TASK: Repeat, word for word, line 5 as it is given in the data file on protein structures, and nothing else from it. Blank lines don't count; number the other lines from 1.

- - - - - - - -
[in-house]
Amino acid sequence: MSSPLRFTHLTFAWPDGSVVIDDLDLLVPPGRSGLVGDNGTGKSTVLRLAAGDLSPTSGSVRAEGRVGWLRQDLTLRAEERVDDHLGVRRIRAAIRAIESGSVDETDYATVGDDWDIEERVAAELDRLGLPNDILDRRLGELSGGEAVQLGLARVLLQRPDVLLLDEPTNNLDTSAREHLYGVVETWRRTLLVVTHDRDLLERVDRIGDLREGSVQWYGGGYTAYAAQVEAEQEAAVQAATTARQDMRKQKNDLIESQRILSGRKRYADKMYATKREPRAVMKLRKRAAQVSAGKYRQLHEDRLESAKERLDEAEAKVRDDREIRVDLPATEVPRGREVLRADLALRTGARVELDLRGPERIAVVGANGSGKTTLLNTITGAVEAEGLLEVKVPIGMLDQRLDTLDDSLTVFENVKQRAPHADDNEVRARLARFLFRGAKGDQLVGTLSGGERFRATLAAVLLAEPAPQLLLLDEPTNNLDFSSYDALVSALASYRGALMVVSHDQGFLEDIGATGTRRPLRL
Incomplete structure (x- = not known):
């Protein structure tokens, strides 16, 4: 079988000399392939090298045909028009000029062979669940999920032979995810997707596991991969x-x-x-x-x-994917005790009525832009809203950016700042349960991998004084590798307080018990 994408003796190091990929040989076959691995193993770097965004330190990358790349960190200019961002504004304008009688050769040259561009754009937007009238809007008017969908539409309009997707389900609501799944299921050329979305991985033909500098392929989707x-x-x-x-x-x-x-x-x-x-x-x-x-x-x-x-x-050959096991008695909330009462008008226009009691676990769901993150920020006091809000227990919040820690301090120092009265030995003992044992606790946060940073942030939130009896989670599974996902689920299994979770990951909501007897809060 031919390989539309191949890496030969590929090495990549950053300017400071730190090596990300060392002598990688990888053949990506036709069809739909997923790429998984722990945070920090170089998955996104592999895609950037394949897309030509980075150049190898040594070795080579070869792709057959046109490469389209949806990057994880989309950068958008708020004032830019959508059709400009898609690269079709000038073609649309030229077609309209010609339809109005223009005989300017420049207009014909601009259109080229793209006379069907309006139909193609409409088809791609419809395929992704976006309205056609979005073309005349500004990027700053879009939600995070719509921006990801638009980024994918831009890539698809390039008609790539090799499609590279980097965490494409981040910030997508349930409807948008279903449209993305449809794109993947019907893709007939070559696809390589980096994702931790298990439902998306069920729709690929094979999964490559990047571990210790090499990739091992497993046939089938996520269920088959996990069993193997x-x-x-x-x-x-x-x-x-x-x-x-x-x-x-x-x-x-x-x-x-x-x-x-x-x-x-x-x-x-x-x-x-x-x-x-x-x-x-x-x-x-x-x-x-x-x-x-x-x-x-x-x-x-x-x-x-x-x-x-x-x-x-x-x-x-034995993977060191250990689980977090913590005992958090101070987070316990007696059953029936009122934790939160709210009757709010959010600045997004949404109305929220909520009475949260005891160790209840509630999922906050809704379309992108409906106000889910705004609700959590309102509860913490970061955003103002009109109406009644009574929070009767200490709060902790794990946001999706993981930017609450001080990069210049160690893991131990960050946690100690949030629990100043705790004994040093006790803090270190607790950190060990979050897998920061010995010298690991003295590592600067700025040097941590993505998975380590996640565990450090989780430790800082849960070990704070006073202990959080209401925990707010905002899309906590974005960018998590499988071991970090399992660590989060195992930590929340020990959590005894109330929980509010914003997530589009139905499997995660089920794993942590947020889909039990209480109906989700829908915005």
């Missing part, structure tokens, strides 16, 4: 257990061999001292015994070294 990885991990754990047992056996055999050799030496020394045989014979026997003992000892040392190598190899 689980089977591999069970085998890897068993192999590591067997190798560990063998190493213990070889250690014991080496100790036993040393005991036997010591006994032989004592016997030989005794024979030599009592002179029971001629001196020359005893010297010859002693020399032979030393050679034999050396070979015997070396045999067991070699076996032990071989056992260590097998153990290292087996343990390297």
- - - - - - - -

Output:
């Missing part, structure tokens, strides 16, 4: 257990061999001292015994070294 990885991990754990047992056996055999050799030496020394045989014979026997003992000892040392190598190899 689980089977591999069970085998890897068993192999590591067997190798560990063998190493213990070889250690014991080496100790036993040393005991036997010591006994032989004592016997030989005794024979030599009592002179029971001629001196020359005893010297010859002693020399032979030393050679034999050396070979015997070396045999067991070699076996032990071989056992260590097998153990290292087996343990390297």